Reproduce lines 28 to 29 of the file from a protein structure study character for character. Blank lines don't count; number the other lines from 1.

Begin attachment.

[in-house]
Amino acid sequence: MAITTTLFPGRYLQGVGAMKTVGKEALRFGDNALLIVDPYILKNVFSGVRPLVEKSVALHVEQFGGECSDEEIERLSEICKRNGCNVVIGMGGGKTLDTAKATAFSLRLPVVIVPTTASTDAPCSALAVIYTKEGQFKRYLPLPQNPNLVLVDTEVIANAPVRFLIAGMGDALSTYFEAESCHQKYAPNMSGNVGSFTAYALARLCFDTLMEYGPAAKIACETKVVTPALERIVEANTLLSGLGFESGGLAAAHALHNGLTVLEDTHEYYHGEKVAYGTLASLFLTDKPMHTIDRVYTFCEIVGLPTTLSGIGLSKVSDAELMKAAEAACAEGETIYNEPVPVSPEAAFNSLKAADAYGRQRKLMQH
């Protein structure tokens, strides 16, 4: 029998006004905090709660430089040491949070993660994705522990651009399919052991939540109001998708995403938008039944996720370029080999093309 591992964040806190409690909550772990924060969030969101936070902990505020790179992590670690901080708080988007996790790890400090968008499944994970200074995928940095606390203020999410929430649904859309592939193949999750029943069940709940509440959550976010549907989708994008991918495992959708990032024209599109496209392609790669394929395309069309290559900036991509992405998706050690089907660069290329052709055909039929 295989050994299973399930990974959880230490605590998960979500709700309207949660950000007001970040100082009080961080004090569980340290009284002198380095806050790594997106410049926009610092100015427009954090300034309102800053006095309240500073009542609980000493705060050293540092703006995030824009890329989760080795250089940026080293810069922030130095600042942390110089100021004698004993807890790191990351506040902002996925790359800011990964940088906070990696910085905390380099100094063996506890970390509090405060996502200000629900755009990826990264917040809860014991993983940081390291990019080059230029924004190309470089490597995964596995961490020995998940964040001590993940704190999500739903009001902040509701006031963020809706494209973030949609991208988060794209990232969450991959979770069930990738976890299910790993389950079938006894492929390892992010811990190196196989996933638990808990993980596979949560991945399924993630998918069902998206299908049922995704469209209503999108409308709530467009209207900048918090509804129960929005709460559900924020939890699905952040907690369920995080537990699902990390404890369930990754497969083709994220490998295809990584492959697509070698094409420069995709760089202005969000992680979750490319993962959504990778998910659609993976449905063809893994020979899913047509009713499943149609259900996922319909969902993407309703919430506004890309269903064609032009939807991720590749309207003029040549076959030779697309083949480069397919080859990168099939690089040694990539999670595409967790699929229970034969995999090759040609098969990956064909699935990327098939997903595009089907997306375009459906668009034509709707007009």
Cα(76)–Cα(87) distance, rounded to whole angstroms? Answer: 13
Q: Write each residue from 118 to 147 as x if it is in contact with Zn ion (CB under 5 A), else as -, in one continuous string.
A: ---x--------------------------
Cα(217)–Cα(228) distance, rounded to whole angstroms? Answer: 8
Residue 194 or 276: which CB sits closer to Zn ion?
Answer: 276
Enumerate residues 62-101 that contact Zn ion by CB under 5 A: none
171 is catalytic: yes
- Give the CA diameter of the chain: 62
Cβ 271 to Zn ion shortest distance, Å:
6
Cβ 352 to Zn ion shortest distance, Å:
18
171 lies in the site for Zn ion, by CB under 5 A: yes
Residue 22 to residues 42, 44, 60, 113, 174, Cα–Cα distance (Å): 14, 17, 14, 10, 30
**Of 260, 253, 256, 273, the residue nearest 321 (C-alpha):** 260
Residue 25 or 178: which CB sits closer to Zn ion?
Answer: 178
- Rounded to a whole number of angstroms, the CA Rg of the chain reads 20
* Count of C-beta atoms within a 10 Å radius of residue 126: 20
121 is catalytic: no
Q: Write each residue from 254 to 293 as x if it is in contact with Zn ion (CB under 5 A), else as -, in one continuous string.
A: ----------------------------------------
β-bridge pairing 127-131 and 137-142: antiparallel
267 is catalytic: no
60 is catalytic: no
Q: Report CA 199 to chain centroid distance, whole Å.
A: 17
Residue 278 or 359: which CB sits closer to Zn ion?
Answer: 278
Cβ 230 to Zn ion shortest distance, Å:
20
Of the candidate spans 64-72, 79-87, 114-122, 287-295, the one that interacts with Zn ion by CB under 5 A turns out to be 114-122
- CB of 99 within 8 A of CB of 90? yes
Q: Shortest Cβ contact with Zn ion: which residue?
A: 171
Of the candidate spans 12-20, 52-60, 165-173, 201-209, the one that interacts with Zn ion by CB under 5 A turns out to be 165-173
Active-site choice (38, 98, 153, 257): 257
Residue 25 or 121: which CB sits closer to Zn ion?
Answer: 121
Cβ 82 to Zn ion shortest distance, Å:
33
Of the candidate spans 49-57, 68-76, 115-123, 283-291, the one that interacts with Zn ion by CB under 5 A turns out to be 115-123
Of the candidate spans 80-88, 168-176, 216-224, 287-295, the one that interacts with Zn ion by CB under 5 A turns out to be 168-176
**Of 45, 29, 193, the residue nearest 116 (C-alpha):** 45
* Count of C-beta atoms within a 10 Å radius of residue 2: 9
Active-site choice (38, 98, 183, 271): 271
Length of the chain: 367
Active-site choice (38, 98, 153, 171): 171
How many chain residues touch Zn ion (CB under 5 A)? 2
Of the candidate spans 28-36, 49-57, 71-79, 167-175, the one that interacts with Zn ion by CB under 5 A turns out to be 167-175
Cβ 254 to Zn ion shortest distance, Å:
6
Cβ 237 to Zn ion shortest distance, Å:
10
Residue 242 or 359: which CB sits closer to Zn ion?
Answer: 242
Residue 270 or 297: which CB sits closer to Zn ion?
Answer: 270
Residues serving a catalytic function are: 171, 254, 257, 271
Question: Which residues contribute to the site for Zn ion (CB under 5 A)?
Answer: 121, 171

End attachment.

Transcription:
267 is catalytic: no
60 is catalytic: no